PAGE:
If you’re responsible for organising a street procession, a public event or street carnival in your town or village, you have a duty to make sure that everyone – from participants to spectators – is safe and secure. A big part of the planning of the event must be focused on security. In this article, we set out some simple procedures that will help you run a safe event.
Draw up a list
Make a list of all the risks at the event and the possible risks to people attending, and develop some emergency procedures that should be followed by your staff and volunteers. Include contingencies like severe weather, traffic problems, etc. and consider how your team should respond to emergencies and incidents. The list should include thing like site security bollards, car parking entrances and exits, car marshals, security personnel, walkie talkies and so on.
Liaise with emergency services
Liaise closely with the police, ambulance, and fire and rescue services. You should all be on the same page about who will do what in the event of an incident or emergency. Obtain the contact numbers of members of these services and let your team have these.
It’s your job to makes sure that staff and volunteers implement the correct emergency procedures in the event of an incident. They should know how to raise the alarm, be familiar with emergency equipment and know who to report to. They should also be familiar with the street layout and the best routes for evacuation of people. This may mean having to move site security bollards, temporary security fencing and gates to make way for the safe and quick evacuation of people.
Emergencies happen very quickly, so you need to know you can get everyone to a place of safety easily and without delay. Plan escape routes and make sure they’re unobstructed (staff may have to remove site security bollards, temporary fences and gates and other equipment to clear these routes). Consider placing signs that point to the nearest escapes routes for those people unfamiliar with the area. Plan to provide additional assistance to those people with disabilities, young children, the elderly, and people with limited mobility.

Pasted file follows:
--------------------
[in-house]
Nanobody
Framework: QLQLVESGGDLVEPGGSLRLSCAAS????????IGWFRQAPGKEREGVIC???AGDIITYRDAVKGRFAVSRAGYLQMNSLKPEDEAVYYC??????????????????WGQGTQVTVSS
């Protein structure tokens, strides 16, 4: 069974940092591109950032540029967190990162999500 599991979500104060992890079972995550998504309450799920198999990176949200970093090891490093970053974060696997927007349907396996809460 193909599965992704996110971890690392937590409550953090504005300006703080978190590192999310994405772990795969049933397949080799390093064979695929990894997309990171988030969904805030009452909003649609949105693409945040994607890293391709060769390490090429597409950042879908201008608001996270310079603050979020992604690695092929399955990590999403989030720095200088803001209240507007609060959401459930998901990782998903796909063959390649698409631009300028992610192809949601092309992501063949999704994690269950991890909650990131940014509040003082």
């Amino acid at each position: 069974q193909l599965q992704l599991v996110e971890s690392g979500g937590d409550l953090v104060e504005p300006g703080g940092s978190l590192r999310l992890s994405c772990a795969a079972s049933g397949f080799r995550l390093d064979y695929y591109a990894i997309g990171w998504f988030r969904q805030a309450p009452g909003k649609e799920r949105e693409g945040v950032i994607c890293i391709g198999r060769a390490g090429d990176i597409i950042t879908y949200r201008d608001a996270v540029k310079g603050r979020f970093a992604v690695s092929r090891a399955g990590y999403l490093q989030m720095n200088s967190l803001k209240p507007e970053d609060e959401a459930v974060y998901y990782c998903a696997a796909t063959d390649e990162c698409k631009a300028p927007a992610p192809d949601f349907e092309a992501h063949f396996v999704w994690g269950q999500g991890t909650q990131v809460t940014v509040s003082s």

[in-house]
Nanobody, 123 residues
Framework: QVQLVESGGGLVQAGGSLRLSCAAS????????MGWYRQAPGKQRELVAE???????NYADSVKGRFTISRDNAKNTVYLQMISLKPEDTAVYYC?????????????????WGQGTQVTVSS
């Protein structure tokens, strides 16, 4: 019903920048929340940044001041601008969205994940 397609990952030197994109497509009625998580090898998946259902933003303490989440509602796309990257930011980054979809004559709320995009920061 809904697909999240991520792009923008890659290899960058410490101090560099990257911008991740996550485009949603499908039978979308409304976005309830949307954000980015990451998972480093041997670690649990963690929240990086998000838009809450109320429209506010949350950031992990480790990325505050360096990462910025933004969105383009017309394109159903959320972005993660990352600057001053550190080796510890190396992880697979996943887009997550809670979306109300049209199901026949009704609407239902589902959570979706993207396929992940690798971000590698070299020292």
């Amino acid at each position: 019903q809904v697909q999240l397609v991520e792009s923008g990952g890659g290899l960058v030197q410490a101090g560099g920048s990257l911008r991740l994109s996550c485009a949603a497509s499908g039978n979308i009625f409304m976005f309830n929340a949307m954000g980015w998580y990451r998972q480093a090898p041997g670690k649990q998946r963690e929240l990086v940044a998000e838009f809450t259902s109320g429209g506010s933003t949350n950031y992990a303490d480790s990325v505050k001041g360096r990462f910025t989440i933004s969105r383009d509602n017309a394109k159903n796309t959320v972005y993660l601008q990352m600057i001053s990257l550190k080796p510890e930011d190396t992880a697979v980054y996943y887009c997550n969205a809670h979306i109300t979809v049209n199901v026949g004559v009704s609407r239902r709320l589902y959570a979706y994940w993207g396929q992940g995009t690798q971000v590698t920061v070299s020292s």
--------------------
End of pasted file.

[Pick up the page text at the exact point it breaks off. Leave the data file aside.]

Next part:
Stopping the event
In the case of an emergency or incident, you may have to put a stop to proceedings to initiate evacuation procedures. In this case, you need to identify who will put a halt to the event, who will communicate with the street party or carnival participants, and who will communicate the emergency procedures to the people attending. It’s best to have a pre-agreed text for public announcements, via the PA systems. These emergency procedures should be rehearsed prior to the event, so the organising team and security personnel know exactly what to do.
Your emergency plan should address the following basic requirements:
- summoning the emergency services, and assistance where necessary
- moving people from immediate danger to safety
- handling casualties
- dealing with the injured
- liaising closely with the emergency services and other authorities
- protecting property like shops and buildings
The procedures for your staff and volunteers to follow in an emergency should include:
- raising the alarm
- informing the public, via a PA system, of the problem and directing them to safety
- summoning the emergency services
- managing the crowd, including evacuation if necessary
- removing site security bollards and/or other equipment that could hinder evacuation
- managing traffic, including emergency vehicles
- liaising with the emergency services
- providing first aid and medical assistance if necessary
First aid and medical assistance
As well as staff and volunteers, you may need to include members of the public in your first aid, medical and ambulance needs assessment. In addition, plans should be drawn up together with your local ambulance service to clarify how patients will be taken to the hospital.
After the emergency or incident
Once the risk or emergency is over, you can decide if the event can continue, but only do this after consultation with the police and other emergency services. If the street procession or carnival is to proceed once more, use the PA system to inform everyone.
NOTE: It’s also important for your staff to put back any site security bollards, temporary fences, and gates they may have removed.
Transfer of authority for an emergency or major incident
Once onsite, if the emergency services declare an emergency or a major incident, then all your personnel (and your resources) will fall under the command of the police. The police may declare that just one part of the event needs to fall under their authority and therefore the rest of the event will still be under your control.
Organising a public street event can be a huge task and carries a lot of responsibility. Especially in the current climate of heightened security awareness, you cannot afford to take any chances. With robust plans and procedures in place, you can all have a good time in the safe knowledge that everyone will be secure.